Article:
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Re: How to convert unix ~path (tilde) to full path

by jwest (Friar)
on Apr 05, 2002 at 17:01 UTC ( #156987=note: print w/ replies, xml ) Need Help??


in reply to How to convert unix ~path (tilde) to full path

The 'HOME' environment variable is set to the home directory of the user, so:

use File::Spec; my $FileName; my $homedir = $ENV{HOME}; if ($FileName =~ /^~/) { $FileName =~ s/^~//; $FileName = File::Spec->catfile($homedir, $FileName); }
would probably do the trick.
--jwest


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Comment on Re: How to convert unix ~path (tilde) to full path
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Re: Re: How to convert unix ~path (tilde) to full path
by Kanji (Parson) on Apr 05, 2002 at 17:22 UTC

    It's a little redundant to see if the string begins with a ~ and then remove it, when s/^~// will only return true if it replaced anything.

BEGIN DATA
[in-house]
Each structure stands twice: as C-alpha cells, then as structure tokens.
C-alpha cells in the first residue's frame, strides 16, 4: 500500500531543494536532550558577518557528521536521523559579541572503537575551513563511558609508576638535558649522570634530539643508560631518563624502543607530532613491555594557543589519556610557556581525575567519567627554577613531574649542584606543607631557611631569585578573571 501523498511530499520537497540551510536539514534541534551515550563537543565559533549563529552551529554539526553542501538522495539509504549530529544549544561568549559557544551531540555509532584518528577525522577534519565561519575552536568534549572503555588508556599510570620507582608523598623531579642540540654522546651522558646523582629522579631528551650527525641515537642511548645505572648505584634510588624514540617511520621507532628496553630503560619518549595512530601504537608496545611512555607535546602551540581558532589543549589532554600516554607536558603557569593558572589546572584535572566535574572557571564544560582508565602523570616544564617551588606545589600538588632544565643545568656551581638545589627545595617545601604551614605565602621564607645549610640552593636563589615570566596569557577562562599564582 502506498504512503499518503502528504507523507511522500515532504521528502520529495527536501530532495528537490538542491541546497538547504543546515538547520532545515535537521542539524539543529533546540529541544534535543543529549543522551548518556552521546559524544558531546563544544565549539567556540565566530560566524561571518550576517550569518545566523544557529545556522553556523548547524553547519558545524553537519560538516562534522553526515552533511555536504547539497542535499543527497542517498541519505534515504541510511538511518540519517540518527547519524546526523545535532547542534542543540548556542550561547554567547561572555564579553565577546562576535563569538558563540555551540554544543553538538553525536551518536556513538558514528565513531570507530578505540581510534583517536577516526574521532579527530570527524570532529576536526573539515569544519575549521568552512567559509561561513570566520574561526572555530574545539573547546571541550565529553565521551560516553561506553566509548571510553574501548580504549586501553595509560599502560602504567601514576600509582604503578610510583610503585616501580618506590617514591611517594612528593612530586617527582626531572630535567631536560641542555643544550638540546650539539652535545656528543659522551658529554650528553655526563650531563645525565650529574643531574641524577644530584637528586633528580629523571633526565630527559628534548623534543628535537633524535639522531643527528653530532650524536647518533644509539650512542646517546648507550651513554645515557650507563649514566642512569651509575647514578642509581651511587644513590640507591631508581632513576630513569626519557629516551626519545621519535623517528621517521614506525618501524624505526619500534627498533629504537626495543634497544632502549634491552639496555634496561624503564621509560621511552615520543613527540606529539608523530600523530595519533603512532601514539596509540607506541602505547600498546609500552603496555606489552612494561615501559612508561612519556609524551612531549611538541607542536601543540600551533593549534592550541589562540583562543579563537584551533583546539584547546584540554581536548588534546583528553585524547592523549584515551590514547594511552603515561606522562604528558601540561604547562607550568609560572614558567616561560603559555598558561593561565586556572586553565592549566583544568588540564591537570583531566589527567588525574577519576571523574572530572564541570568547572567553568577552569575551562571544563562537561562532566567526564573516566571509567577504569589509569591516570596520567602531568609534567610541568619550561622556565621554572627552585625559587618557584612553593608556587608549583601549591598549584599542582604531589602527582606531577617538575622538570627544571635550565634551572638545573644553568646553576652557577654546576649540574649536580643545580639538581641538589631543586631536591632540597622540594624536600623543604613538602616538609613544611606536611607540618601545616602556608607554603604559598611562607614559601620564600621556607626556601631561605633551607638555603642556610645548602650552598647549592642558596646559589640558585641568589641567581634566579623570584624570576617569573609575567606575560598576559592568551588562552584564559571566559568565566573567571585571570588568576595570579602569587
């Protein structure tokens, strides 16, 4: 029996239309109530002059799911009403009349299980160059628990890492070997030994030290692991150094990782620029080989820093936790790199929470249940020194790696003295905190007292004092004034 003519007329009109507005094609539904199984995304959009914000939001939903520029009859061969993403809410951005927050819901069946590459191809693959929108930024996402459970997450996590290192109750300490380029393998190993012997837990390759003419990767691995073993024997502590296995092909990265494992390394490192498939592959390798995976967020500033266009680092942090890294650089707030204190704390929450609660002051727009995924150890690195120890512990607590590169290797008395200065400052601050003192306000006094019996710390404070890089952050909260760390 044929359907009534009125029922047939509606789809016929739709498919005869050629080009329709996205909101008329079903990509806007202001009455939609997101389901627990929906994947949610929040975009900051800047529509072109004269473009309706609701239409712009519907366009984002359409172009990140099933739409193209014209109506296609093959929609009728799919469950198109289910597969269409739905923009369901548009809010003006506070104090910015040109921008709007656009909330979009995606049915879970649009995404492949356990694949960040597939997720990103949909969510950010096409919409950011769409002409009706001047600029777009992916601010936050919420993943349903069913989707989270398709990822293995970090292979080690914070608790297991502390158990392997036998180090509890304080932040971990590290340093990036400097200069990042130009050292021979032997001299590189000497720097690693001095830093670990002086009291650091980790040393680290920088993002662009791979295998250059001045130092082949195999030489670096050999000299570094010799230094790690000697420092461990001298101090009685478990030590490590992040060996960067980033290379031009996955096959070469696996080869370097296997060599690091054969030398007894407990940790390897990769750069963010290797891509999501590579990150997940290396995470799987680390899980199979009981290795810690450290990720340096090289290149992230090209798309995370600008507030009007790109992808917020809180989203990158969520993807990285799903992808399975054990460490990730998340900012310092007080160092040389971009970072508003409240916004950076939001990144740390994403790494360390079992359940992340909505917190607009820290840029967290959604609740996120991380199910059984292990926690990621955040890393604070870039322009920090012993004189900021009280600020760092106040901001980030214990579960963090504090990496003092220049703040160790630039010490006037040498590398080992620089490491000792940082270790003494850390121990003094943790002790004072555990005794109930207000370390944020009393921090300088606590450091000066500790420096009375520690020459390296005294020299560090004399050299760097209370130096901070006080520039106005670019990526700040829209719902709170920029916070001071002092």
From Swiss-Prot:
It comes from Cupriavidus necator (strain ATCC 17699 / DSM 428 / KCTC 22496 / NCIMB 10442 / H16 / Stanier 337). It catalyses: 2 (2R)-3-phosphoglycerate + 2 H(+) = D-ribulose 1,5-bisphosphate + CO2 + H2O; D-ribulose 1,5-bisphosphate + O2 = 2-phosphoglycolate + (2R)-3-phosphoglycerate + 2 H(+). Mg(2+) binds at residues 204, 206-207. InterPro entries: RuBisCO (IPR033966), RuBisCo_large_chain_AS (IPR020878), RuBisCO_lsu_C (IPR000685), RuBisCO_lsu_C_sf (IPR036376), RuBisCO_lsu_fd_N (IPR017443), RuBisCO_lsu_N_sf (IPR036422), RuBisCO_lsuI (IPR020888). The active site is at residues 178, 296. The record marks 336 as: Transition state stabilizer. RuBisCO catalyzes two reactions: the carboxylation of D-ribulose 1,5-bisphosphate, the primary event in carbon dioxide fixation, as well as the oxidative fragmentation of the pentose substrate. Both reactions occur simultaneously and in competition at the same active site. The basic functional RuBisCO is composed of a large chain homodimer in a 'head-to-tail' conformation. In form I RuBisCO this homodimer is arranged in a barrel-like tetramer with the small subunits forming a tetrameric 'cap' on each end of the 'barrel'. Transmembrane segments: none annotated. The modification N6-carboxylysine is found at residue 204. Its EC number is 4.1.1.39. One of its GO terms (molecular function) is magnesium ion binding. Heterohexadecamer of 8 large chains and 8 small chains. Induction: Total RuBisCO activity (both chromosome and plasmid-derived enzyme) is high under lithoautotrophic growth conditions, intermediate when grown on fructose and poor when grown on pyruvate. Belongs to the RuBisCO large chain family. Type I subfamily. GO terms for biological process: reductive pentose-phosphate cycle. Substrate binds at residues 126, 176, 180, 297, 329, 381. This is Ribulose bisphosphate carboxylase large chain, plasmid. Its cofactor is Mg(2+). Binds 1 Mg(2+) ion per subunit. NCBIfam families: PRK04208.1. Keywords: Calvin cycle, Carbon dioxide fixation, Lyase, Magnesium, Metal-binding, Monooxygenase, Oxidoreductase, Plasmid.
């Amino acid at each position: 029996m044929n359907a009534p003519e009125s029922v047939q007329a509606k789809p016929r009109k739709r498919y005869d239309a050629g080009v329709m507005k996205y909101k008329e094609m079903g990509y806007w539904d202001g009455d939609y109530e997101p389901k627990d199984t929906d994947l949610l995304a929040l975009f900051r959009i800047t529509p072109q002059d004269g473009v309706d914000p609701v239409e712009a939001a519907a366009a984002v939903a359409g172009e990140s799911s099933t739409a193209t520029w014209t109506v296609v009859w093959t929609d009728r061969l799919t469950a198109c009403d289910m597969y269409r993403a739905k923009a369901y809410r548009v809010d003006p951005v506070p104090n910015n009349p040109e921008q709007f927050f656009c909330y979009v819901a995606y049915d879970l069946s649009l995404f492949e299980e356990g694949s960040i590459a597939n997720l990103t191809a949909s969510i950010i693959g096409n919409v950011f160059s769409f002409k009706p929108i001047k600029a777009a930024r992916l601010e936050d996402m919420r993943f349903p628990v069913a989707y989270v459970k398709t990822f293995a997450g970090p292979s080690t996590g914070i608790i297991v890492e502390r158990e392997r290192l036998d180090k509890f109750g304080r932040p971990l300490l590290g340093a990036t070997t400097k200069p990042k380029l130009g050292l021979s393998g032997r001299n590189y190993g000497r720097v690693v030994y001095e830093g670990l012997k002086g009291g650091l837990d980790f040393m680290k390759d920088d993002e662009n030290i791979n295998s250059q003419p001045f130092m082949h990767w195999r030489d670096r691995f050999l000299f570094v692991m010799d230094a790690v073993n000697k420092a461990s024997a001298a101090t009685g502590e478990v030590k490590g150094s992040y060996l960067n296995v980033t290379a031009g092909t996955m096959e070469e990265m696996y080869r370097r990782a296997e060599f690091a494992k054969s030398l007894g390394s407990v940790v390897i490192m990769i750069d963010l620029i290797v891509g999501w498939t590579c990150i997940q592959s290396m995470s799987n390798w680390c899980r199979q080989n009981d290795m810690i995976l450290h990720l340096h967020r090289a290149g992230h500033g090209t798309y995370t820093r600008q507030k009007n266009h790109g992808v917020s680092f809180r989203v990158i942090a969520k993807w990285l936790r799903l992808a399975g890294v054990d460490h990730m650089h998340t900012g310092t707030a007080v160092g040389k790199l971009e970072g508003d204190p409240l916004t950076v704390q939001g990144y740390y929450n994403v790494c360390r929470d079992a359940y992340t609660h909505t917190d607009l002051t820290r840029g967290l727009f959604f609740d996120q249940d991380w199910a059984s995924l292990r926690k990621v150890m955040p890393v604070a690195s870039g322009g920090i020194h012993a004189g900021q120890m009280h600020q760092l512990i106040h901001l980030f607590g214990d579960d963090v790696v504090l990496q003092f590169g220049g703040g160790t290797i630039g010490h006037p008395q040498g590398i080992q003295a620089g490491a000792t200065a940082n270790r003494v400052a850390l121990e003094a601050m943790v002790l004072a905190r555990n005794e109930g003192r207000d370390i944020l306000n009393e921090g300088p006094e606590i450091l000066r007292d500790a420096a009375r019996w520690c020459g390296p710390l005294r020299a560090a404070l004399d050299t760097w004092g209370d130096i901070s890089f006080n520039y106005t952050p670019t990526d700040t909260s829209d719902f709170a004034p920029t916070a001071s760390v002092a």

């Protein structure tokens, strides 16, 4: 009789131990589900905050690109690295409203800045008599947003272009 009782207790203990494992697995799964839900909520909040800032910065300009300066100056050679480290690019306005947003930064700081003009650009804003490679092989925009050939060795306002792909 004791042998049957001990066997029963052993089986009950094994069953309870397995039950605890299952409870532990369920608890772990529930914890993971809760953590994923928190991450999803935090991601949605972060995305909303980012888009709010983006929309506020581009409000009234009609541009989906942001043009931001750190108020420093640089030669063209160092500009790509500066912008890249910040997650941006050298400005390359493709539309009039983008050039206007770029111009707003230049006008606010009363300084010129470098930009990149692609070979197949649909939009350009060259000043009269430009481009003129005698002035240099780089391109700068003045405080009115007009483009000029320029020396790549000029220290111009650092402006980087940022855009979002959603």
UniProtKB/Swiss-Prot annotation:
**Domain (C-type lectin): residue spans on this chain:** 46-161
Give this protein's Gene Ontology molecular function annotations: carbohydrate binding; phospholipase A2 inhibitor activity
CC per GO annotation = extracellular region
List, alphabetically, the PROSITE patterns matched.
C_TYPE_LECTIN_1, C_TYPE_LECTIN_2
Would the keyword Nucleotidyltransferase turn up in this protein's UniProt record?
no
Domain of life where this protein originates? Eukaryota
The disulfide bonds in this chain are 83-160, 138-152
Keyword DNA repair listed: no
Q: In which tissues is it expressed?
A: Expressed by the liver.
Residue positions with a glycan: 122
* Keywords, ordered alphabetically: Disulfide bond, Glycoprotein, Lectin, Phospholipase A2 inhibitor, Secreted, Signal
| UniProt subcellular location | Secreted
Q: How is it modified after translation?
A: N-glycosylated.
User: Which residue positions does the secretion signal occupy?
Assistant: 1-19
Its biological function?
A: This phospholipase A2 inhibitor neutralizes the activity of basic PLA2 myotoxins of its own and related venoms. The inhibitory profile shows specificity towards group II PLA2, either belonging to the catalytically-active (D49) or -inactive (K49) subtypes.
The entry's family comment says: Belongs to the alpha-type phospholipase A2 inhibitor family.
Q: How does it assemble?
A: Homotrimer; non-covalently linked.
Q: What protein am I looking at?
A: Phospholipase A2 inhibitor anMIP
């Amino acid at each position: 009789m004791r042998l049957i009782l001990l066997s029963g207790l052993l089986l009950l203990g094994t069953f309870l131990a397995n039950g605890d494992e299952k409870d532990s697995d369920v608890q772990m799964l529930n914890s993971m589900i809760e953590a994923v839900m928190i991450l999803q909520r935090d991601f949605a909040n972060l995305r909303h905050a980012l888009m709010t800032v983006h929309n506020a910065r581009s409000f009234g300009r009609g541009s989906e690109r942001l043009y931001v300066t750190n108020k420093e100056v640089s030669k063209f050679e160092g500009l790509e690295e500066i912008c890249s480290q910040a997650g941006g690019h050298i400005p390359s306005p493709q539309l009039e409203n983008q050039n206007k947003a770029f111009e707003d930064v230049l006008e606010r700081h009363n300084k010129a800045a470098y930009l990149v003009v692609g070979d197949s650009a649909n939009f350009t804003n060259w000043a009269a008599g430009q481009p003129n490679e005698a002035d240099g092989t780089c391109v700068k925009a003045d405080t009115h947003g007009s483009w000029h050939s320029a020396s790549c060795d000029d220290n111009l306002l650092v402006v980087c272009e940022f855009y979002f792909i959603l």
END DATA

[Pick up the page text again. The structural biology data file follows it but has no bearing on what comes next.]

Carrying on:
Also, it might be nice to fallback to the home directory returned by getpwuid just in case $ENV{'HOME'} isn't set ...

    use File::Spec; my $filename = '~/public_html/'; if ( $filename =~ s<^~([^/]*)/></> ) { my $homedir = $1 ? (getpwnam($1))[7] # specified user : $ENV{'HOME'} || (getpwuid($<))[7] # ourselves or die "Where's your home?\n"; $filename = File::Spec->catfile($homedir, $filename); }

    Update: Fixed to account for jeffenstein's observation.

        --k.


    :
Re: Re: How to convert unix ~path (tilde) to full path
by jeffenstein (Scribe) on Apr 05, 2002 at 17:27 UTC

    Unfortunately, that only works for ~/path. The ~ form also works as ~user2, meaning the home directory of user2, not the current user's home directory.

    Something more complete might look like this: Warning: untested code

    my $filename = "~user2/tmp"; if( $filename =~ m@^\~([^/])+@){ my $home = (getpwnam($1))[7]; if( $home){ $filename =~ s@^\~[^/]+@$home@; } }else{ $filename =~ s@^\~@$ENV{'HOME'}@; }

    This should handle both cases.

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